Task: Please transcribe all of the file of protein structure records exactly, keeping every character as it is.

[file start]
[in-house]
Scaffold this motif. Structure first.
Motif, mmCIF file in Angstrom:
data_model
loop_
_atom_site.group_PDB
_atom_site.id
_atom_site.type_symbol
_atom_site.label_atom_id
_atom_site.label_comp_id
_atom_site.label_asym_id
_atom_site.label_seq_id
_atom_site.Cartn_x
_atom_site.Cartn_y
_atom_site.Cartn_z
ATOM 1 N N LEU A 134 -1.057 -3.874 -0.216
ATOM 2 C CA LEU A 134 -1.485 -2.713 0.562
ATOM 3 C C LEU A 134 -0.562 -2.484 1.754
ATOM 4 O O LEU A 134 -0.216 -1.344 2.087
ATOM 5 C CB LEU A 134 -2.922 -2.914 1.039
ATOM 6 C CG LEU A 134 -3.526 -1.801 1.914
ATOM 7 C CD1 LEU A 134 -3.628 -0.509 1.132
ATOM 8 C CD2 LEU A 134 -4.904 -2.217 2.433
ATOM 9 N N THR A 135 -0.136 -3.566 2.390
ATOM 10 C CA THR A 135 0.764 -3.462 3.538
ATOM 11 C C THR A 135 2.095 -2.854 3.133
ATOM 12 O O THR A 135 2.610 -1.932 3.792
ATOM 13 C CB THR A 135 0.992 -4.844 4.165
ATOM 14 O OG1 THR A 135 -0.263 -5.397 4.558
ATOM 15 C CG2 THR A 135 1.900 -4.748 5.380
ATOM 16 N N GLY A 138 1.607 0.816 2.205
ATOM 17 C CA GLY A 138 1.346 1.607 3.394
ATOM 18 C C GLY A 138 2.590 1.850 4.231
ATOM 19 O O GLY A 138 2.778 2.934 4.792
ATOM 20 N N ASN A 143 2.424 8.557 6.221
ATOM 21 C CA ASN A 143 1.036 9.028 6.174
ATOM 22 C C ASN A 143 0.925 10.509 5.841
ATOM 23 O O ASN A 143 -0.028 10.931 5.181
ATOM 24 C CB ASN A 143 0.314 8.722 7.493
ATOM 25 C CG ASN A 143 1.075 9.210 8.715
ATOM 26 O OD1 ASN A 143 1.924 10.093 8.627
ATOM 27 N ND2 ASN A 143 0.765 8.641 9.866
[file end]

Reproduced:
[in-house]
Scaffold this motif. Structure first.
Motif, mmCIF file in Angstrom:
data_model
loop_
_atom_site.group_PDB
_atom_site.id
_atom_site.type_symbol
_atom_site.label_atom_id
_atom_site.label_comp_id
_atom_site.label_asym_id
_atom_site.label_seq_id
_atom_site.Cartn_x
_atom_site.Cartn_y
_atom_site.Cartn_z
ATOM 1 N N LEU A 134 -1.057 -3.874 -0.216
ATOM 2 C CA LEU A 134 -1.485 -2.713 0.562
ATOM 3 C C LEU A 134 -0.562 -2.484 1.754
ATOM 4 O O LEU A 134 -0.216 -1.344 2.087
ATOM 5 C CB LEU A 134 -2.922 -2.914 1.039
ATOM 6 C CG LEU A 134 -3.526 -1.801 1.914
ATOM 7 C CD1 LEU A 134 -3.628 -0.509 1.132
ATOM 8 C CD2 LEU A 134 -4.904 -2.217 2.433
ATOM 9 N N THR A 135 -0.136 -3.566 2.390
ATOM 10 C CA THR A 135 0.764 -3.462 3.538
ATOM 11 C C THR A 135 2.095 -2.854 3.133
ATOM 12 O O THR A 135 2.610 -1.932 3.792
ATOM 13 C CB THR A 135 0.992 -4.844 4.165
ATOM 14 O OG1 THR A 135 -0.263 -5.397 4.558
ATOM 15 C CG2 THR A 135 1.900 -4.748 5.380
ATOM 16 N N GLY A 138 1.607 0.816 2.205
ATOM 17 C CA GLY A 138 1.346 1.607 3.394
ATOM 18 C C GLY A 138 2.590 1.850 4.231
ATOM 19 O O GLY A 138 2.778 2.934 4.792
ATOM 20 N N ASN A 143 2.424 8.557 6.221
ATOM 21 C CA ASN A 143 1.036 9.028 6.174
ATOM 22 C C ASN A 143 0.925 10.509 5.841
ATOM 23 O O ASN A 143 -0.028 10.931 5.181
ATOM 24 C CB ASN A 143 0.314 8.722 7.493
ATOM 25 C CG ASN A 143 1.075 9.210 8.715
ATOM 26 O OD1 ASN A 143 1.924 10.093 8.627
ATOM 27 N ND2 ASN A 143 0.765 8.641 9.866